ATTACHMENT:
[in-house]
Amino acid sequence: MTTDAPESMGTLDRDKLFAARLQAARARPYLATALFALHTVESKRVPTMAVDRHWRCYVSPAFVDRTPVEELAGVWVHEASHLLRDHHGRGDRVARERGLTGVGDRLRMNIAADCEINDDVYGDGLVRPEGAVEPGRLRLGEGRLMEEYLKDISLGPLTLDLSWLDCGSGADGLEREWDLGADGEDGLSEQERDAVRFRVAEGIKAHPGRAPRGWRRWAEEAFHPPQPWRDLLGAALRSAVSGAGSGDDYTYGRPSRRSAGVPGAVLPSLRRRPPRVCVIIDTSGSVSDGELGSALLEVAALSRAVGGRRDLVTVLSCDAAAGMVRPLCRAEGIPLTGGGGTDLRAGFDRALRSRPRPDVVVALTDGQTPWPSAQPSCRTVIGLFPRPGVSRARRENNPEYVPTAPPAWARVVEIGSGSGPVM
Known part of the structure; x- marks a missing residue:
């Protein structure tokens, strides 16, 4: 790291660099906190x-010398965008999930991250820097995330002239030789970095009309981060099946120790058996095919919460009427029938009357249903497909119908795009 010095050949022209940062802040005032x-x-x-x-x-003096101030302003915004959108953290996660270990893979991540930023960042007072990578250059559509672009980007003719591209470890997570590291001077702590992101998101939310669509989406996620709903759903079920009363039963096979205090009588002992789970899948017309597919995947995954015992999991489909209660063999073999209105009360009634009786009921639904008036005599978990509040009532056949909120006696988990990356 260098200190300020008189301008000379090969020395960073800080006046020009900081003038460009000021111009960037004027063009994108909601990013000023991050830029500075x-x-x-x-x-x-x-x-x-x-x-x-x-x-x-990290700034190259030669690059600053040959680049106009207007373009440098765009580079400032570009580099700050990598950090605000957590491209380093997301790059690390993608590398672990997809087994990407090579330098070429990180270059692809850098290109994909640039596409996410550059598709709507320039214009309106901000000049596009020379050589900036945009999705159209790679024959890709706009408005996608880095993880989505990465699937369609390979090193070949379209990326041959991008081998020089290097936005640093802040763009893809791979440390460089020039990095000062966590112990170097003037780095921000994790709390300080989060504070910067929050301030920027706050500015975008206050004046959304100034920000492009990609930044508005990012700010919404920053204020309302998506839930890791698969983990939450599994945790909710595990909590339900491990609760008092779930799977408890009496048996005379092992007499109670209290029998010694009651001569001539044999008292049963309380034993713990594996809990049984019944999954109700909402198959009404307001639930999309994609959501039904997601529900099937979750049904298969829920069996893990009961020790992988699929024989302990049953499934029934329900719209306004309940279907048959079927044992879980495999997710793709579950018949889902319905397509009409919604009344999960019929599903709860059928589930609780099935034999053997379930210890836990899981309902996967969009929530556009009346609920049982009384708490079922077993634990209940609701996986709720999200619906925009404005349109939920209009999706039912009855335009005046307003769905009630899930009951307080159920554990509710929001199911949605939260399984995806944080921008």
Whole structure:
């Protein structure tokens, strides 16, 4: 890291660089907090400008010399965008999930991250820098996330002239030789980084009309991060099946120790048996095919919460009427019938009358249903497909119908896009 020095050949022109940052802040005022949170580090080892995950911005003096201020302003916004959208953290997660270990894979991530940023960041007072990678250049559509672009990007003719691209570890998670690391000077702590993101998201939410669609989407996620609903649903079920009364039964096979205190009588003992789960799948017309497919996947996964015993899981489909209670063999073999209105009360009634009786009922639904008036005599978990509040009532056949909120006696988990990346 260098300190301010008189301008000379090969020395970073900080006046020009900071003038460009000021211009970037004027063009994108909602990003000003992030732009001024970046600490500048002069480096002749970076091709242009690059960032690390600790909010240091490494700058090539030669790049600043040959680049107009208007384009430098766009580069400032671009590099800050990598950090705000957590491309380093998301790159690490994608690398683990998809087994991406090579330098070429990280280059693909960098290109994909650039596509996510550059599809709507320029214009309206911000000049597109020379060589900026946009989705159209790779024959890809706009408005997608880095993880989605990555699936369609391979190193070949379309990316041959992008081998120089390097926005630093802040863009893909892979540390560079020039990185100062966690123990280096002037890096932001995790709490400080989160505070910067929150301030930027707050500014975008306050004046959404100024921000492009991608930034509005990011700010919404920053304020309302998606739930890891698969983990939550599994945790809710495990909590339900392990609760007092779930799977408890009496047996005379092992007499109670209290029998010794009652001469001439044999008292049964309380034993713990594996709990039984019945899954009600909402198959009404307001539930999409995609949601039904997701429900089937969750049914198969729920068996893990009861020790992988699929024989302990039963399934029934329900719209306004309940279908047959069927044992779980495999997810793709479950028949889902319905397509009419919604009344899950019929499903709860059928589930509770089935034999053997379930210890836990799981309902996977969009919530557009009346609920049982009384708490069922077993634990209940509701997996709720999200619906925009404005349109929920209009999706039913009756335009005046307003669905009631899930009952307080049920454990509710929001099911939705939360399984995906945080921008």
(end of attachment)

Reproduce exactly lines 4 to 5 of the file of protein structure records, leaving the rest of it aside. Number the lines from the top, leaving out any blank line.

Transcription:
């Protein structure tokens, strides 16, 4: 790291660099906190x-010398965008999930991250820097995330002239030789970095009309981060099946120790058996095919919460009427029938009357249903497909119908795009 010095050949022209940062802040005032x-x-x-x-x-003096101030302003915004959108953290996660270990893979991540930023960042007072990578250059559509672009980007003719591209470890997570590291001077702590992101998101939310669509989406996620709903759903079920009363039963096979205090009588002992789970899948017309597919995947995954015992999991489909209660063999073999209105009360009634009786009921639904008036005599978990509040009532056949909120006696988990990356 260098200190300020008189301008000379090969020395960073800080006046020009900081003038460009000021111009960037004027063009994108909601990013000023991050830029500075x-x-x-x-x-x-x-x-x-x-x-x-x-x-x-990290700034190259030669690059600053040959680049106009207007373009440098765009580079400032570009580099700050990598950090605000957590491209380093997301790059690390993608590398672990997809087994990407090579330098070429990180270059692809850098290109994909640039596409996410550059598709709507320039214009309106901000000049596009020379050589900036945009999705159209790679024959890709706009408005996608880095993880989505990465699937369609390979090193070949379209990326041959991008081998020089290097936005640093802040763009893809791979440390460089020039990095000062966590112990170097003037780095921000994790709390300080989060504070910067929050301030920027706050500015975008206050004046959304100034920000492009990609930044508005990012700010919404920053204020309302998506839930890791698969983990939450599994945790909710595990909590339900491990609760008092779930799977408890009496048996005379092992007499109670209290029998010694009651001569001539044999008292049963309380034993713990594996809990049984019944999954109700909402198959009404307001639930999309994609959501039904997601529900099937979750049904298969829920069996893990009961020790992988699929024989302990049953499934029934329900719209306004309940279907048959079927044992879980495999997710793709579950018949889902319905397509009409919604009344999960019929599903709860059928589930609780099935034999053997379930210890836990899981309902996967969009929530556009009346609920049982009384708490079922077993634990209940609701996986709720999200619906925009404005349109939920209009999706039912009855335009005046307003769905009630899930009951307080159920554990509710929001199911949605939260399984995806944080921008």
Whole structure: